Basil nc state extension publications electricity generation by state


All basils are tender annuals which are easy to grow, but are very susceptible to cold weather. They should be planted in late spring after all danger of frost is past. To produce high quality basil, grow it in full sun in warm, well-drained soil. Raised beds are highly recommended because they promote good drainage and warm quickly in the spring. A light sand to silt loam with a pH of 6.4 is best.

Basil may be grown in the field from seed or transplants. For a direct-seeded crop, sow seed thinly (8-10 seeds per inch) in a well-prepared seedbed. About 6 lbs. of seed are required to seed one acre. A small, manual seeder, or a commercial onion seeder, will provide an even seeding rate. To prevent the soil from crusting, cover with a fine layer of soil (approx. 1⁄ 8 inch) mixed with vermiculite or peat and keep the soil surface moist. Plants should emerge in 8-14 days.

Basil may also be grown from transplants started in the greenhouse in late March to early April for the piedmont and coastal counties and mid-April to early May for the mountains. Trim transplants to encourage branching and plant into the field when about 6 inches tall (4-6 weeks old). Basil also roots readily from cuttings.

Space plants 2-3 feet between rows, depending on cultivation equipment, and 6-12 inches within the row. Double-row plantings on 2-4 foot wide beds increase yields per acre and help to shade out weeds. Large producers growing for oil plant 30,000 to 35,000 plants per acre. Planting dates may be staggered to provide a continuous supply of fresh leaves throughout the growing season.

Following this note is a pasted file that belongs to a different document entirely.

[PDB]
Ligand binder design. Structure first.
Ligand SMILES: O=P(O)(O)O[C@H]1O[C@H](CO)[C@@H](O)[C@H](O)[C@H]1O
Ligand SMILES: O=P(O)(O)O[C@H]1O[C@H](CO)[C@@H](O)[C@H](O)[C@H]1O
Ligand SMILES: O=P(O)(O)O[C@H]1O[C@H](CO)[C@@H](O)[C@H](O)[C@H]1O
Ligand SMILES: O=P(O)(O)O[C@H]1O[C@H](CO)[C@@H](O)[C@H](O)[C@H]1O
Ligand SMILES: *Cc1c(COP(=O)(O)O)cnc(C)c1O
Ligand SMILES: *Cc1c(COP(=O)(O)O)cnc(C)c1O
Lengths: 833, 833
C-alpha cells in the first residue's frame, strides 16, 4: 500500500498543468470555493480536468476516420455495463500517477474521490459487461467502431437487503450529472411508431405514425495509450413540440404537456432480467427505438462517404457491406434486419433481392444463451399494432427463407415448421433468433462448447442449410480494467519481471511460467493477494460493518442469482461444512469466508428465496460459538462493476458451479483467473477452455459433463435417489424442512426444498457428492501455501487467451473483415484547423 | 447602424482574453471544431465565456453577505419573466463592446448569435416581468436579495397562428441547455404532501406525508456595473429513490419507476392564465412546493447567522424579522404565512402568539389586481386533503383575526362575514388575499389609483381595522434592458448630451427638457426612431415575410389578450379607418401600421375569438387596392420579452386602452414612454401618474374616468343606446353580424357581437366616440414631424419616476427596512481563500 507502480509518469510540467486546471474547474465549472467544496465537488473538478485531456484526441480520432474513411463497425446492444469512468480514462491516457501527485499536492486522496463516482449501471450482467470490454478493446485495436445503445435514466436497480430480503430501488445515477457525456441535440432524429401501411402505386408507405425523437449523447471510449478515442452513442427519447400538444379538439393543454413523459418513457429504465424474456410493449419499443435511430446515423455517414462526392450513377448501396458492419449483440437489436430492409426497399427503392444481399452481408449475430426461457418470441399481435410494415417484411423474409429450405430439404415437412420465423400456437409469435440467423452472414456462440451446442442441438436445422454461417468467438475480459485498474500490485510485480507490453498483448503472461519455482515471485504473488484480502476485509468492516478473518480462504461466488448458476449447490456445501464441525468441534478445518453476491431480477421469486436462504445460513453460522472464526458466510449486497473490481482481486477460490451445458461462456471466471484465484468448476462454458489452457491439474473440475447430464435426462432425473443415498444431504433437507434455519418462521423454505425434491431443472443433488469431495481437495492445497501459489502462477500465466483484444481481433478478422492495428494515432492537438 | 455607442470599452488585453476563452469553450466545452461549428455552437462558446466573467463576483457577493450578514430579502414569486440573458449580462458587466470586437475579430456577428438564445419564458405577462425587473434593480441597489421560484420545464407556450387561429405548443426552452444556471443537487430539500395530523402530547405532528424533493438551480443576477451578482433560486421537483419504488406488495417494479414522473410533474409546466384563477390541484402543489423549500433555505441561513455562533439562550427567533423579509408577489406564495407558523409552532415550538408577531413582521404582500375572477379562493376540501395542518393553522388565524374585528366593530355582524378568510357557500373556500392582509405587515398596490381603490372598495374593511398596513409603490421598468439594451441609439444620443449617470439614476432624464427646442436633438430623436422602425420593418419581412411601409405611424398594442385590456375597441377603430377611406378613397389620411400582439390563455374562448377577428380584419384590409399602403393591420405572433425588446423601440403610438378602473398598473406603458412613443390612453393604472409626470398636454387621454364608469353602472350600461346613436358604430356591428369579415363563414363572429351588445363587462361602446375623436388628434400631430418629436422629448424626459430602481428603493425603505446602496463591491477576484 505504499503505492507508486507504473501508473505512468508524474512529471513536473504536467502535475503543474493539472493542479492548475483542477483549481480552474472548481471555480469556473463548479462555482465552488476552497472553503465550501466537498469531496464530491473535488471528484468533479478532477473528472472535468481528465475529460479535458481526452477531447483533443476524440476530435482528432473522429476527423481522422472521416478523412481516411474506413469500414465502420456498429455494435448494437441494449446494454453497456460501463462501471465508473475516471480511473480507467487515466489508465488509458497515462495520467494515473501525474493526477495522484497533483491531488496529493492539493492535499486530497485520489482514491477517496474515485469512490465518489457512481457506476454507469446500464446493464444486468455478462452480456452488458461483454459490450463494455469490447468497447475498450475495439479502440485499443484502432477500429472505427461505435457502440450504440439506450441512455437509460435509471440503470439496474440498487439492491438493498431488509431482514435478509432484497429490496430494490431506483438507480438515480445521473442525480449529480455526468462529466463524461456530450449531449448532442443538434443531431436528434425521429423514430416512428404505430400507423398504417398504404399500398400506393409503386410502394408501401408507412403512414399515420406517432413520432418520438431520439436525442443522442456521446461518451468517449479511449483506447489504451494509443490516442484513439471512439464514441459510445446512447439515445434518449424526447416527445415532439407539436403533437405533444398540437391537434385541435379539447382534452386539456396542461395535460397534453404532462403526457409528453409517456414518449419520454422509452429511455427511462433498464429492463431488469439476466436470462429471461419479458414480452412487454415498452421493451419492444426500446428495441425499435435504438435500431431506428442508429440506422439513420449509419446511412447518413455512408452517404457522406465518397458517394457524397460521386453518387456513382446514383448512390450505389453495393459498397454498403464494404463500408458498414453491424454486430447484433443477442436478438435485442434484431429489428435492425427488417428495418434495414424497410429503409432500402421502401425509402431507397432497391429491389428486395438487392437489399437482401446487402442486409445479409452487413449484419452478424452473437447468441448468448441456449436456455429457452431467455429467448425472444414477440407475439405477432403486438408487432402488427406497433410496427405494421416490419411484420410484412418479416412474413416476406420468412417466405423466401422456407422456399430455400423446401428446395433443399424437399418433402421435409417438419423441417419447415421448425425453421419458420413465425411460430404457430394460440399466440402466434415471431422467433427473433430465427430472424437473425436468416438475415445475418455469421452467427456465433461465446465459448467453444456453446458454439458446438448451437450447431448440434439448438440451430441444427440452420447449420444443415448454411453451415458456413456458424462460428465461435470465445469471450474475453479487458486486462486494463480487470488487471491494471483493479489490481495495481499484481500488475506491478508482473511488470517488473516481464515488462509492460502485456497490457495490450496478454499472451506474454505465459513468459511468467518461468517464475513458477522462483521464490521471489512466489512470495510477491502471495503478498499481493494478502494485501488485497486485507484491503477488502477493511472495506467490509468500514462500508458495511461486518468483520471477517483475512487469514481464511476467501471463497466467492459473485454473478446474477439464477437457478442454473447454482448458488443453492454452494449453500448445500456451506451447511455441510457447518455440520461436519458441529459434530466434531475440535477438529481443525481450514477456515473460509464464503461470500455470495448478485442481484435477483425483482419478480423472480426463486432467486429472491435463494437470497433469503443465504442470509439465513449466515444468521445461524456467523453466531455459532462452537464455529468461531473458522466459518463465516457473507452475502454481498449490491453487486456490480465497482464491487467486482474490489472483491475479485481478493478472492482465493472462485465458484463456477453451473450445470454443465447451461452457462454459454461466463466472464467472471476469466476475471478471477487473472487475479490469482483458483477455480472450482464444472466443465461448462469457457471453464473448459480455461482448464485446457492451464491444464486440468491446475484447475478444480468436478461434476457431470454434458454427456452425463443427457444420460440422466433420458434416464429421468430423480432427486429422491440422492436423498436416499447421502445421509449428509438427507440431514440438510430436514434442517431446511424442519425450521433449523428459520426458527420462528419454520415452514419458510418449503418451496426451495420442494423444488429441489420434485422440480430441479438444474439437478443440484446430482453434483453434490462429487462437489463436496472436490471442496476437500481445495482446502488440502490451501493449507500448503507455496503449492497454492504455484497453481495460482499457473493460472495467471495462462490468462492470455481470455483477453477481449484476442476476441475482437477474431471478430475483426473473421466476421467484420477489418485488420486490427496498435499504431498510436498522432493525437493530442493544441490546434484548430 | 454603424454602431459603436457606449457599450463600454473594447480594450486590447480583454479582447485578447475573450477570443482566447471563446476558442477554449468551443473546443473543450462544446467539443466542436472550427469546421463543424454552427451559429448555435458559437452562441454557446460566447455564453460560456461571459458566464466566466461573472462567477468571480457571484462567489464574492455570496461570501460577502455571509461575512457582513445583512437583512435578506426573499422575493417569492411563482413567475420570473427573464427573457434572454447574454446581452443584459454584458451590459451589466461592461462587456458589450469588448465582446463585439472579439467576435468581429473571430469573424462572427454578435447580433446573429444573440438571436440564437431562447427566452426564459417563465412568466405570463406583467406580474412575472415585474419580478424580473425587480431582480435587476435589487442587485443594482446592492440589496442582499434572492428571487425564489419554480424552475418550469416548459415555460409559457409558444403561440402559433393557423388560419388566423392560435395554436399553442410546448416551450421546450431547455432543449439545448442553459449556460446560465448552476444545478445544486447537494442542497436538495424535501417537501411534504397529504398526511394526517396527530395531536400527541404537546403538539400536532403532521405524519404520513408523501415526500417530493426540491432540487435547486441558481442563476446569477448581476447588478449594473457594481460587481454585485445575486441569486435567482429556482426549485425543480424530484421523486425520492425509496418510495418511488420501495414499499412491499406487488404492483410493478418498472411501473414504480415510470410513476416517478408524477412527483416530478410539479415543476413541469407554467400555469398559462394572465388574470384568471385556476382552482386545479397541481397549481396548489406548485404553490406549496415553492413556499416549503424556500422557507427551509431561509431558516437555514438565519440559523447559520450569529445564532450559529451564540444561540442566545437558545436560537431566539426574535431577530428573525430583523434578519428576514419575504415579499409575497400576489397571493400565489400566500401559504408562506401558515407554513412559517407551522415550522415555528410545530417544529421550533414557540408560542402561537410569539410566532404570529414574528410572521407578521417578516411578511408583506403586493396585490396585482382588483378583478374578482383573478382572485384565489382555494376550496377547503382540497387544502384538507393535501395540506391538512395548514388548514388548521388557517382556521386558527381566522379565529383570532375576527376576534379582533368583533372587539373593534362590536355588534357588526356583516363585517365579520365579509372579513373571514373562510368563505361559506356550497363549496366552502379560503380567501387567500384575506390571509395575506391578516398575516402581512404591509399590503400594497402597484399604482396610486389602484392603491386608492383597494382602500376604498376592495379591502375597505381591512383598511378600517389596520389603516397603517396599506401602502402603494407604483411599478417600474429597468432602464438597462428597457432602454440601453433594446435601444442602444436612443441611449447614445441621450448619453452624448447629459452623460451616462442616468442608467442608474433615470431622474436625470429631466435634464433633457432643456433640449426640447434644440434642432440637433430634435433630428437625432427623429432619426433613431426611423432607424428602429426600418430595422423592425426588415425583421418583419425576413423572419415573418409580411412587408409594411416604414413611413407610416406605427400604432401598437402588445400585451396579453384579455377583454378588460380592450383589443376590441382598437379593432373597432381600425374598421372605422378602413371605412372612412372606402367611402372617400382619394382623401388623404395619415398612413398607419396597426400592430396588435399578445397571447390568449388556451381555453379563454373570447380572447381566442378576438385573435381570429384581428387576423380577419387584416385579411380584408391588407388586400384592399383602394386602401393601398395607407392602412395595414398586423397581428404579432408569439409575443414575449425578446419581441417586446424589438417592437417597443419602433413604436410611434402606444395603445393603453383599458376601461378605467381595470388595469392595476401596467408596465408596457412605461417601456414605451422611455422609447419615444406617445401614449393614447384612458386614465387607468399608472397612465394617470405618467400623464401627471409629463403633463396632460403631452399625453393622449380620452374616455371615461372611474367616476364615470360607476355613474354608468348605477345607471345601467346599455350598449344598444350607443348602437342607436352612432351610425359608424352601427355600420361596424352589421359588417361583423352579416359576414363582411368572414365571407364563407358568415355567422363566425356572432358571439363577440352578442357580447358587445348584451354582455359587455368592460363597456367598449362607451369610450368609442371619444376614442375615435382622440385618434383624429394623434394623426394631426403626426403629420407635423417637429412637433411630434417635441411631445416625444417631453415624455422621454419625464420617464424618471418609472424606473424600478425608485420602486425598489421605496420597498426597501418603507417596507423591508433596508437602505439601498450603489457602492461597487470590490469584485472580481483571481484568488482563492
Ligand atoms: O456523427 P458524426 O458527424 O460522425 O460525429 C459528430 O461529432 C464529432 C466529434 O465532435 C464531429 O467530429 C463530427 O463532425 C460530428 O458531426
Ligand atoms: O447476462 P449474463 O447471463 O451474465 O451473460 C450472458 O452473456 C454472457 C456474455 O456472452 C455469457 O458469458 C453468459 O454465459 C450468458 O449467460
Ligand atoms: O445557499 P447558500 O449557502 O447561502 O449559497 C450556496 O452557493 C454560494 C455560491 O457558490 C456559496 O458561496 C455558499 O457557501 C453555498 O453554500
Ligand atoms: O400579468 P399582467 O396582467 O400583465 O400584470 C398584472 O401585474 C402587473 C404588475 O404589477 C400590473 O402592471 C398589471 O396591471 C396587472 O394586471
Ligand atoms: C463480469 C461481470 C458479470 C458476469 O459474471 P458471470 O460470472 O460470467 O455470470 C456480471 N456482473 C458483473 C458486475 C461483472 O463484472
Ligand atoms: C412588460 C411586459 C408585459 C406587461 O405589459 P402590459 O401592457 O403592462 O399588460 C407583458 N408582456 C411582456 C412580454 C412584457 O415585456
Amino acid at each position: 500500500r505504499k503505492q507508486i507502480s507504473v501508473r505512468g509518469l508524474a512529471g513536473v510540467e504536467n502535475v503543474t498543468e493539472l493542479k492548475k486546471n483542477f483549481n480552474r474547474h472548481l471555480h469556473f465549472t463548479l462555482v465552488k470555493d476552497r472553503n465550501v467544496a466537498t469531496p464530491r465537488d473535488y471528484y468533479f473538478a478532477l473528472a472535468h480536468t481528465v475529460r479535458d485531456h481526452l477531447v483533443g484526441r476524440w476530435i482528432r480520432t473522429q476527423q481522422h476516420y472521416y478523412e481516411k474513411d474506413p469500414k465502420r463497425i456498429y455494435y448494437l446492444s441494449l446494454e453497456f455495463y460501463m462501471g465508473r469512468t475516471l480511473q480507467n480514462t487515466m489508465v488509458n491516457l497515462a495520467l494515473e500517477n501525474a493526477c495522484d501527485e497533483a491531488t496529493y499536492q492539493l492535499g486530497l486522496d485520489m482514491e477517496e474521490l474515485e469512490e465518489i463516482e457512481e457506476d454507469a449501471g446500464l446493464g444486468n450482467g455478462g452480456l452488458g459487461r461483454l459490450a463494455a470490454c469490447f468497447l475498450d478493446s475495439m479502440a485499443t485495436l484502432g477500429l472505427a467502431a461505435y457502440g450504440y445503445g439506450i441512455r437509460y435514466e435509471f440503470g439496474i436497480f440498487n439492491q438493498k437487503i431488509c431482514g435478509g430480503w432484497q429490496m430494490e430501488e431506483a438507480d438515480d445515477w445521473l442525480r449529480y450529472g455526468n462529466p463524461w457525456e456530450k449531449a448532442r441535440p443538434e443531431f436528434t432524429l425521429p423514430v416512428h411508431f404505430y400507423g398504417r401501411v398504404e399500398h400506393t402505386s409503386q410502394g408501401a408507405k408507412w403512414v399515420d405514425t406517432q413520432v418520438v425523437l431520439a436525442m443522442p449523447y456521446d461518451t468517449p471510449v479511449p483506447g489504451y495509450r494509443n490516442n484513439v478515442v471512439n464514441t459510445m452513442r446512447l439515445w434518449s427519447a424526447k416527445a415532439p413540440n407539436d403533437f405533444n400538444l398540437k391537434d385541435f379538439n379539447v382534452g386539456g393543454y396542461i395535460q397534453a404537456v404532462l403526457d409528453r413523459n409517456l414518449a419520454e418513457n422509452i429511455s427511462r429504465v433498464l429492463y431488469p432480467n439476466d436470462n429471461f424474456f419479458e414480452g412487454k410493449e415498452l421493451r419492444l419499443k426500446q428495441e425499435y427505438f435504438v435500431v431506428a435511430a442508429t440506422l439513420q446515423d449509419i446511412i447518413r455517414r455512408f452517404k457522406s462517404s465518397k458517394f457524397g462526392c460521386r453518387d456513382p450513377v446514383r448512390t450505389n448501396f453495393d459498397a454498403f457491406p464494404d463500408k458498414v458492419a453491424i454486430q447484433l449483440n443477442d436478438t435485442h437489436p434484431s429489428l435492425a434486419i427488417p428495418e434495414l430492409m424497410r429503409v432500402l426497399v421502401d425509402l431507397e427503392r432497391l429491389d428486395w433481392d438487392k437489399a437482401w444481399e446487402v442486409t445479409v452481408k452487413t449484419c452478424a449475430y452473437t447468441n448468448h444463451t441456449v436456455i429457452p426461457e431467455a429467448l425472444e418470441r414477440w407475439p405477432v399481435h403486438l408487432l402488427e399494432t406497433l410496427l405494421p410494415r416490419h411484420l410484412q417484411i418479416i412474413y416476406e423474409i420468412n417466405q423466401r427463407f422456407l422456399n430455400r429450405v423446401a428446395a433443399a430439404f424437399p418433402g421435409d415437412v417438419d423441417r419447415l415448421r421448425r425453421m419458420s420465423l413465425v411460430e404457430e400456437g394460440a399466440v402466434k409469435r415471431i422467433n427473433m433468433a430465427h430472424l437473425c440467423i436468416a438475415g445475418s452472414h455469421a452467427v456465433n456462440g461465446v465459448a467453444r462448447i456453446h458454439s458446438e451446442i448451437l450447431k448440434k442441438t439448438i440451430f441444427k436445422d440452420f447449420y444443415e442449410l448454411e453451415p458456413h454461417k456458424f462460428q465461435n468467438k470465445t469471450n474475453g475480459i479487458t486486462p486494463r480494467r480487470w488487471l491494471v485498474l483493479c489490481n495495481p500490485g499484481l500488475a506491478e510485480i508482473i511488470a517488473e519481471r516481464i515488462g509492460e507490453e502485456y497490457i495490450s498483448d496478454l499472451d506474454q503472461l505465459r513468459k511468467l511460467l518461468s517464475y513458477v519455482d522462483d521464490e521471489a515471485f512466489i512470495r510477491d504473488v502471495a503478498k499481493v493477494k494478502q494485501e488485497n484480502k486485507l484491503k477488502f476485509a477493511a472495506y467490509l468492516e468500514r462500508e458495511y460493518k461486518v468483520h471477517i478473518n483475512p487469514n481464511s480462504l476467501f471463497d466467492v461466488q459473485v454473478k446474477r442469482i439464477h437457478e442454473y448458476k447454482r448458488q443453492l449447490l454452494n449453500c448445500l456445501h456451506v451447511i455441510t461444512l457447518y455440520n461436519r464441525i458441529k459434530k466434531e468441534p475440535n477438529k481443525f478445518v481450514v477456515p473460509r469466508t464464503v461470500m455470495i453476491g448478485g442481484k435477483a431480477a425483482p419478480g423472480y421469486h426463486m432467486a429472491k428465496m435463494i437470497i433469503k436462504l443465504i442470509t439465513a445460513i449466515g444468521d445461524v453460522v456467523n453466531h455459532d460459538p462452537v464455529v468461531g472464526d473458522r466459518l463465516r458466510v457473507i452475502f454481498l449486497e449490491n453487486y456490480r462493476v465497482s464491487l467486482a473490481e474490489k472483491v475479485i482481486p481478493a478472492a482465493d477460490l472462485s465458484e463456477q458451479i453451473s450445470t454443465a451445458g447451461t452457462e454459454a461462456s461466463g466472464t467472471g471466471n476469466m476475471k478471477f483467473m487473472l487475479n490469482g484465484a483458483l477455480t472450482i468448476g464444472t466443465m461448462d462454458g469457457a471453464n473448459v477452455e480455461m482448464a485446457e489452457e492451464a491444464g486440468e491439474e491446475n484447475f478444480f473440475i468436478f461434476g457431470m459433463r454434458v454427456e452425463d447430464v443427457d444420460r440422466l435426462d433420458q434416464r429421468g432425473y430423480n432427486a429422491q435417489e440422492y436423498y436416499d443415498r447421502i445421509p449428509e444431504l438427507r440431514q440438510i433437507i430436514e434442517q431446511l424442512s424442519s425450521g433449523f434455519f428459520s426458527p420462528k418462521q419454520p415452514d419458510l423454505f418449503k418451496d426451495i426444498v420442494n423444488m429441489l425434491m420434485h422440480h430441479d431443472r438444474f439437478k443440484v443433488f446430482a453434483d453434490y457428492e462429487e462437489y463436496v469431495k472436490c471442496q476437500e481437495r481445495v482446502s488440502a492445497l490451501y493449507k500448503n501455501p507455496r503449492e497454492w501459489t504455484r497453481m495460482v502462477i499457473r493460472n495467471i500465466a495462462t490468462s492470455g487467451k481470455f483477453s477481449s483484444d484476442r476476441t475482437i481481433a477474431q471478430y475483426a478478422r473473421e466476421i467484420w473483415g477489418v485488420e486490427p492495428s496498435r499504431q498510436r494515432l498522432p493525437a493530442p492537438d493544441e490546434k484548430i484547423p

For fresh-cut basil production, the use of mulch is highly recommended. Mulch conserves moisture, reduces weed growth, and keeps the basil leaves clean. Highest yields have been obtained with black, polyethylene mulch. Hardwood bark and straw also are good choices.

There are no pesticides registered for disease control on basil. Prevention of disease through good cultural practices is the most effective means for healthy crop production. To help prevent foliar fungal diseases, keep foliage as dry as possible by watering early in the day so foliage dries quickly, or by using drip irrigation. To reduce soil borne diseases, rotate herbs to different parts of the field each year and remove and destroy all plant debris after final harvest.

A devastating basil wilt disease caused by a soilborne pathogenic fungus, Fusarium oxysporum f. sp. basilicum, was first discovered in the U.S. in 1991 and identified in North Carolina in 1992. Plants infected with this disease usually grow normally until they are six to twelve inches tall, then they become stunted and suddenly wilt. Initial symptoms usually include brown streaks on the stems, discoloration of the internal stem tissue, and sudden leaf drop. Interestingly, only sweet basil is affected. Some of the specialty basils, such as lemon basil and purple basil, show some resistance to the disease.

The disease is introduced into fields, hydroponic systems, and greenhouse culture primarily through contaminated seed. Growers should only buy basil seed that has been tested for the fusarium wilt fungus. Currently, these tests involve growing out a large number of seed and looking for disease symptoms. This does not guarantee that the seed will be free of infection, but it greatly reduces the risk. If it is not possible to obtain tested seed, the seed should be soaked in cold water for four hours followed by a heat treatment of 20 minutes in 133 to 136°F water. Seed germination rates will probably be reduced by the hot water treatment, so a germination test should be conducted on a small lot of the treated seed to determine how much seeding rates need to be adjusted. Also, the hot water treatment causes a sticky layer to develop on the outer surface of seed making it difficult to handle.

Once a field has become infested with the fusarium wilt pathogen, infective propagules may persist in the soil for 8-12 years. During that time, growers should avoid growing sweet basil or members of the mint family. Mints will not exhibit symptoms of the disease but may carry over the inoculum from year to year. There are currently no products registered to help control this disease.